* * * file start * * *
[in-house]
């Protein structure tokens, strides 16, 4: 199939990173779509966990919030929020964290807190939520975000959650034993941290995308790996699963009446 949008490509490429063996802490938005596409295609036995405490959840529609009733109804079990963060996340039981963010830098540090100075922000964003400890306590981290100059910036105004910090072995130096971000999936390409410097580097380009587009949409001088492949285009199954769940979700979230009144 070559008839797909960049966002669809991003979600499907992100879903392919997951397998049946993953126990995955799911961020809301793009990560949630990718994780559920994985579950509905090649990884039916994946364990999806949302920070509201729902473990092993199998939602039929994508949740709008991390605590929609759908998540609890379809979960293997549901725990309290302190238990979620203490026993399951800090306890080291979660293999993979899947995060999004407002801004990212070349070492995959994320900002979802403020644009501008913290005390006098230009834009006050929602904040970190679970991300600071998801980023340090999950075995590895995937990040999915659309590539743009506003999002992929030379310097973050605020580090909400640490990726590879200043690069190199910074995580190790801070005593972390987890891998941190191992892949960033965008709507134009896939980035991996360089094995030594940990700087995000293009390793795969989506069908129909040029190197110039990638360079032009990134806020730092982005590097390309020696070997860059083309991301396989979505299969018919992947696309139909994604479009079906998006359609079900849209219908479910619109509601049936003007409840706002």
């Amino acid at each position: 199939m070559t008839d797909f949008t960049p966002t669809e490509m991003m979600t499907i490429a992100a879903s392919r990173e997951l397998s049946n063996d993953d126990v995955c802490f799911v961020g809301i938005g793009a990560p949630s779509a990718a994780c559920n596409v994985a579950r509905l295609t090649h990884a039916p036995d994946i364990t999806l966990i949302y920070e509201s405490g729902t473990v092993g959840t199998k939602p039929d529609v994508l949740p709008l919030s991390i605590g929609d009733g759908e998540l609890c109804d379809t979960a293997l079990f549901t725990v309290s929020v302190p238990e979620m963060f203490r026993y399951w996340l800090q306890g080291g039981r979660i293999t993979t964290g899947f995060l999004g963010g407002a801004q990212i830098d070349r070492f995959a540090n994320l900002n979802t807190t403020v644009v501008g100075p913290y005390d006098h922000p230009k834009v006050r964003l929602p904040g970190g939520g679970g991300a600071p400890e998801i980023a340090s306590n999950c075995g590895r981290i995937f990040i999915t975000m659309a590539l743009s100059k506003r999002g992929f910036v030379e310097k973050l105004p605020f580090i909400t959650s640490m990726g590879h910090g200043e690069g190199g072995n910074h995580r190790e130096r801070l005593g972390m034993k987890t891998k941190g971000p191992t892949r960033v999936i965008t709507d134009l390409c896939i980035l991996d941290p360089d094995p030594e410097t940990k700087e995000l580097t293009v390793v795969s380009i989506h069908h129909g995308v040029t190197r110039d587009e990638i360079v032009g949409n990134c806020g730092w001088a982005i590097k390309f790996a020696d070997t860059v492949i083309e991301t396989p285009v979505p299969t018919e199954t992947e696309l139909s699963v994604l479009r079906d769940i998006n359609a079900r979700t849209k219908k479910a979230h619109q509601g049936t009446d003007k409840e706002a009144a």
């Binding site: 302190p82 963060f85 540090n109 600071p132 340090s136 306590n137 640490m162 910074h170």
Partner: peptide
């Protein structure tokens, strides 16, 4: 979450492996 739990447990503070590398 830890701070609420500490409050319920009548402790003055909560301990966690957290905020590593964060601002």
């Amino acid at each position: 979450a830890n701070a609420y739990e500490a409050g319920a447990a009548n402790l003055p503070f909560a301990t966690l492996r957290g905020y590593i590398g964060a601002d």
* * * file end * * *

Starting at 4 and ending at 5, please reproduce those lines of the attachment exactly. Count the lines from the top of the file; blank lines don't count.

């Binding site: 302190p82 963060f85 540090n109 600071p132 340090s136 306590n137 640490m162 910074h170």
Partner: peptide